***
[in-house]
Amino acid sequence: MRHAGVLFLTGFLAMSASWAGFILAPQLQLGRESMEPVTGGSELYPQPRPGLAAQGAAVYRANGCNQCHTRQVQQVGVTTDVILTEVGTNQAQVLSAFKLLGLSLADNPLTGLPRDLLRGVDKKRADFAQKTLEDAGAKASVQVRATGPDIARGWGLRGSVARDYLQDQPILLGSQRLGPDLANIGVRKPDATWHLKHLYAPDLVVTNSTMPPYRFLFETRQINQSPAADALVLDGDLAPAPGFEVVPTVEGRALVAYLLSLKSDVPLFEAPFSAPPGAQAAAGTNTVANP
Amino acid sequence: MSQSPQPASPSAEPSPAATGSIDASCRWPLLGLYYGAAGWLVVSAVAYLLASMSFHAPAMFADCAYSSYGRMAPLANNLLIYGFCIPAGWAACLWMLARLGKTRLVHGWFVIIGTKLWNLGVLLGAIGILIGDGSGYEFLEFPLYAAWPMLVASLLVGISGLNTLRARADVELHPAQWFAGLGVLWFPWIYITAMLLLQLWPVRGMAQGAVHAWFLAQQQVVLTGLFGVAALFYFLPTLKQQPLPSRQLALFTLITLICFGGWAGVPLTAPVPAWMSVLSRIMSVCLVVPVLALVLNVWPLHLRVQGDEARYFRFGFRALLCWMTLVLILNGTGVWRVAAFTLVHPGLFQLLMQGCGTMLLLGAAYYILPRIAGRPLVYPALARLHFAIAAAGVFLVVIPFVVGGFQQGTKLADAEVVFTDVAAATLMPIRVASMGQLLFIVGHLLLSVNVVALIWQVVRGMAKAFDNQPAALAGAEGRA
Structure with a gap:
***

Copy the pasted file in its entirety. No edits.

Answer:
[in-house]
Amino acid sequence: MRHAGVLFLTGFLAMSASWAGFILAPQLQLGRESMEPVTGGSELYPQPRPGLAAQGAAVYRANGCNQCHTRQVQQVGVTTDVILTEVGTNQAQVLSAFKLLGLSLADNPLTGLPRDLLRGVDKKRADFAQKTLEDAGAKASVQVRATGPDIARGWGLRGSVARDYLQDQPILLGSQRLGPDLANIGVRKPDATWHLKHLYAPDLVVTNSTMPPYRFLFETRQINQSPAADALVLDGDLAPAPGFEVVPTVEGRALVAYLLSLKSDVPLFEAPFSAPPGAQAAAGTNTVANP
Amino acid sequence: MSQSPQPASPSAEPSPAATGSIDASCRWPLLGLYYGAAGWLVVSAVAYLLASMSFHAPAMFADCAYSSYGRMAPLANNLLIYGFCIPAGWAACLWMLARLGKTRLVHGWFVIIGTKLWNLGVLLGAIGILIGDGSGYEFLEFPLYAAWPMLVASLLVGISGLNTLRARADVELHPAQWFAGLGVLWFPWIYITAMLLLQLWPVRGMAQGAVHAWFLAQQQVVLTGLFGVAALFYFLPTLKQQPLPSRQLALFTLITLICFGGWAGVPLTAPVPAWMSVLSRIMSVCLVVPVLALVLNVWPLHLRVQGDEARYFRFGFRALLCWMTLVLILNGTGVWRVAAFTLVHPGLFQLLMQGCGTMLLLGAAYYILPRIAGRPLVYPALARLHFAIAAAGVFLVVIPFVVGGFQQGTKLADAEVVFTDVAAATLMPIRVASMGQLLFIVGHLLLSVNVVALIWQVVRGMAKAFDNQPAALAGAEGRA
Structure with a gap: